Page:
Medical Device Workflow Is Not The Same As User Experience
People use your medical device differently than you think they do. It doesn’t matter what you say during training, or write in a manual or formal “instructions for use” document. Personal experiences influence our expectations and how we will approach interacting with your product.
This truth is compounded as medical devices and care shift away from hospitals and into the hands and homes of people like you and me. Medical device makers will no longer be able to expect instructions to be heeded based upon the premise that their products are being used by highly trained technicians or physicians.
Being surprised is often the norm, as when a client asked us to design a next-generation diagnostic instrument for greater ease of use than its predecessor. The client sought the much coveted CLIA waiver from the FDA that would allow sales to all the doctor offices out there, not just laboratories and hospitals. That’s like simplifying a printing press so it can be used as a desktop printer in every office by people like you and me.
Our first task was to learn how the current product was being used in laboratories by observing its use at multiple facilities. While we were presenting to our client what we had seen, reactions included “they’re not SUPPOSED to do that” or “they CAN’T do it that way” or “no way, that’s NOT possible”. To persuade the client to believe what people were actually doing, we had to play back user interaction videos from those design research sessions.
Folks, this happens on all our projects. The question is, why are industry-leading domain experts so surprised at how their products are used? What we’ve found is that clients don’t always understand that prescribing workflow instructions does not settle the question of how the device actually will be used.
We like to think of workflow as a recipe that includes the ingredients and steps required to accomplish a task. If you are making pancakes, it’s the procedure for adding the dry mix, eggs, oil and milk according to the instructions on the box.
But when my six-year-old daughter and I make pancakes together, we leave out the oil, pick out the eggshell pieces together, add chocolate chips, create heart shaped pancakes for the girls and dinosaurs for the boys, make a fantastic mess, laugh, take pictures and share them on social media.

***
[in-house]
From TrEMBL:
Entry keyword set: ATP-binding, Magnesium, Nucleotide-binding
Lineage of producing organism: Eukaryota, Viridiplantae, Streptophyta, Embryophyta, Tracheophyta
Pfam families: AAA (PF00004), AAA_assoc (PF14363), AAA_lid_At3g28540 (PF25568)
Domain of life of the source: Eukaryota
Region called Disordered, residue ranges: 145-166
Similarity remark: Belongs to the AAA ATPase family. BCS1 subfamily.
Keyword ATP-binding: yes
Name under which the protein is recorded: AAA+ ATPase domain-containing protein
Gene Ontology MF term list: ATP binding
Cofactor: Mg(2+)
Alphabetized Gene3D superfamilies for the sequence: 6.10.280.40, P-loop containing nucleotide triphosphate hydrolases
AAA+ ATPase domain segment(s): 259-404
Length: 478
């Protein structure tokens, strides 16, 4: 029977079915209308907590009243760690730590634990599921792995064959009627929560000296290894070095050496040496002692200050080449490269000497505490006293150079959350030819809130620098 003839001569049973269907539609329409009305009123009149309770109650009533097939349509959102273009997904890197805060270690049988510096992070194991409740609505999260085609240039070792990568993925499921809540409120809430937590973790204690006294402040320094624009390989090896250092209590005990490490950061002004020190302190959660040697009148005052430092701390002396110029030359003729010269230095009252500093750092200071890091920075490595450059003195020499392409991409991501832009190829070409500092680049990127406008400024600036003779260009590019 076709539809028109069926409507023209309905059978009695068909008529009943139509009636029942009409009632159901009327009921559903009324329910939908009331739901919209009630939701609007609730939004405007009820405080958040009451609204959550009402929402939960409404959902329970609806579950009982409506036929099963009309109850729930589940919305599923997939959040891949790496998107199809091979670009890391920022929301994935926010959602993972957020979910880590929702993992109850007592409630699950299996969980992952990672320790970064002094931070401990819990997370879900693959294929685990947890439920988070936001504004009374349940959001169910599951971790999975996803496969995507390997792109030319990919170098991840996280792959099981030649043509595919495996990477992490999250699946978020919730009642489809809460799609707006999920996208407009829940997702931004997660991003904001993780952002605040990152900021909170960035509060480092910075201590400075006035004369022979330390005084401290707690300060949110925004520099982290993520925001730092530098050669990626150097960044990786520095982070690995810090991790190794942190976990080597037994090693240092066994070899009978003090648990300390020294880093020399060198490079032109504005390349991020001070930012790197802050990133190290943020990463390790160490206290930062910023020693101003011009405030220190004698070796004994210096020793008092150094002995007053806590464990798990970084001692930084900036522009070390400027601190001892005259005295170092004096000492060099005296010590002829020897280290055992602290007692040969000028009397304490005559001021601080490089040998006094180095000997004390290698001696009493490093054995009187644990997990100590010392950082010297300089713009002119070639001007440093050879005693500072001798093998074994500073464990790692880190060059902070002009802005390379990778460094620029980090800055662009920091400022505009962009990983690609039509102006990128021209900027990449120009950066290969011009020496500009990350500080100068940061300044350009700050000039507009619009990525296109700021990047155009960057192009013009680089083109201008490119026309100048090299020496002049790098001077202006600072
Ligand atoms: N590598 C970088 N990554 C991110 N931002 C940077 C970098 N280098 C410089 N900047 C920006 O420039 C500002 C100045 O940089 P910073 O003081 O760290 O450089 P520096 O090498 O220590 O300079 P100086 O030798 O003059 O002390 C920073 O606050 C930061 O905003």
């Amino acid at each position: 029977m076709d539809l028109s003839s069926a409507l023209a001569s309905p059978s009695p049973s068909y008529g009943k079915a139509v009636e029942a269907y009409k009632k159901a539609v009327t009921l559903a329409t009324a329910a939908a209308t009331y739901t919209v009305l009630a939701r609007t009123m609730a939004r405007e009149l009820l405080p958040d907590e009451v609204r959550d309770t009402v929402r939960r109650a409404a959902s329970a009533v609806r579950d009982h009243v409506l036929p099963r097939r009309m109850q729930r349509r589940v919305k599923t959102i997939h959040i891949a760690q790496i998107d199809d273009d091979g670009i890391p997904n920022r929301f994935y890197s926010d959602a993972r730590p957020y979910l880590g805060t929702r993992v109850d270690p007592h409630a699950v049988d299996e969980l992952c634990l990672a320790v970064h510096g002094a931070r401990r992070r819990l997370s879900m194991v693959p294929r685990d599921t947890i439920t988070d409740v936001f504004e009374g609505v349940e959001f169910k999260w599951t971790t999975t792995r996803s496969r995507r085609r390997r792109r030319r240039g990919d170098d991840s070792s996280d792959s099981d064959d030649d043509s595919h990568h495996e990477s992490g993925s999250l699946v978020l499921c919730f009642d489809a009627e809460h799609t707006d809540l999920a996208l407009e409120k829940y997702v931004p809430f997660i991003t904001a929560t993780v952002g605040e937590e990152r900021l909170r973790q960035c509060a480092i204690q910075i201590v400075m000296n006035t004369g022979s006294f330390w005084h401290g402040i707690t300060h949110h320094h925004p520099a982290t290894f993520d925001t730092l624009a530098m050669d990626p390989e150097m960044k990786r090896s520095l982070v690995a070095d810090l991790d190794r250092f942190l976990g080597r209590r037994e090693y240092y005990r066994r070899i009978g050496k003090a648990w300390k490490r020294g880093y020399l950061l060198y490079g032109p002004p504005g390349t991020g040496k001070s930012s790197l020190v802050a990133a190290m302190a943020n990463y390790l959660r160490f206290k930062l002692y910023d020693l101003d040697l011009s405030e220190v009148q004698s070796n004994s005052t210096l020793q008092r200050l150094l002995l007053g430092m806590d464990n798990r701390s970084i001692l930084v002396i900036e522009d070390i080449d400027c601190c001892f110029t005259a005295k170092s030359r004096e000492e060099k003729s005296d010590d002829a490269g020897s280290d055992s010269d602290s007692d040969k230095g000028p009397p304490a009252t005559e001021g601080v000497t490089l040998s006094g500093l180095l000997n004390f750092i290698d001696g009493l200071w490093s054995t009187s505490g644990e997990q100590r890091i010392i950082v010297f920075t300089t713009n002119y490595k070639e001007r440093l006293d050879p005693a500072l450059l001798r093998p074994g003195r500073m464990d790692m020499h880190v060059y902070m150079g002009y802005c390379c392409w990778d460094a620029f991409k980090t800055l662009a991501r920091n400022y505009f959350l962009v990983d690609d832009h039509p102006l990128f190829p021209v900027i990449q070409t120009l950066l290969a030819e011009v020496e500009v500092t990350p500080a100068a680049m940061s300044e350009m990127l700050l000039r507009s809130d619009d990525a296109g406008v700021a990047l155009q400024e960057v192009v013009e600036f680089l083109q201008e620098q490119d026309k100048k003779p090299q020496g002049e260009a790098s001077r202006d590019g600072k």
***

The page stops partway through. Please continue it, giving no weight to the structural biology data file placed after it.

Prescribing Workflow Is Just A Starting Point
It’s important to realize that the prescribed workflow is just a starting point. A recipe for a robot working in a controlled environment. Yes, you can plan and to some degree dictate the experience you want customers to have with your product. This requires understanding how a user thinks, how past experiences will influence usage expectations, and the context of the surrounding environment. Building this foundation through observation, and incorporating feedback loops into the design process, are essential.
One difficulty is that designing a user experience is “soft and fuzzy” compared to designing the physical product itself that you can touch or a graphical user interface you can see.
User experience typically doesn’t get the same level of attention, support, or respect that’s given to other aspects related to the planning and design of a product. To avoid this fate, I recommend creating a user experience strategy and plan at the beginning of your project. The same way you do a product strategy.
We recommend translating it into a physical artifact or map that hangs in plain sight on the wall at your company. The value of having a physical reminder of the way people actually experience your product, with reference points, is immeasurable. That’s because it’s everyone’s responsibility to understand how their daily decisions impact the experience customers have with your product.
Not creating and using a user experience map during medical device development carries as much risk as not creating prototypes during engineering. Doing so will increase your team’s empathy, promote important conversations, and lead to better solutions.
Paying attention to the user experience is an essential ingredient in any recipe for a winning medical device product.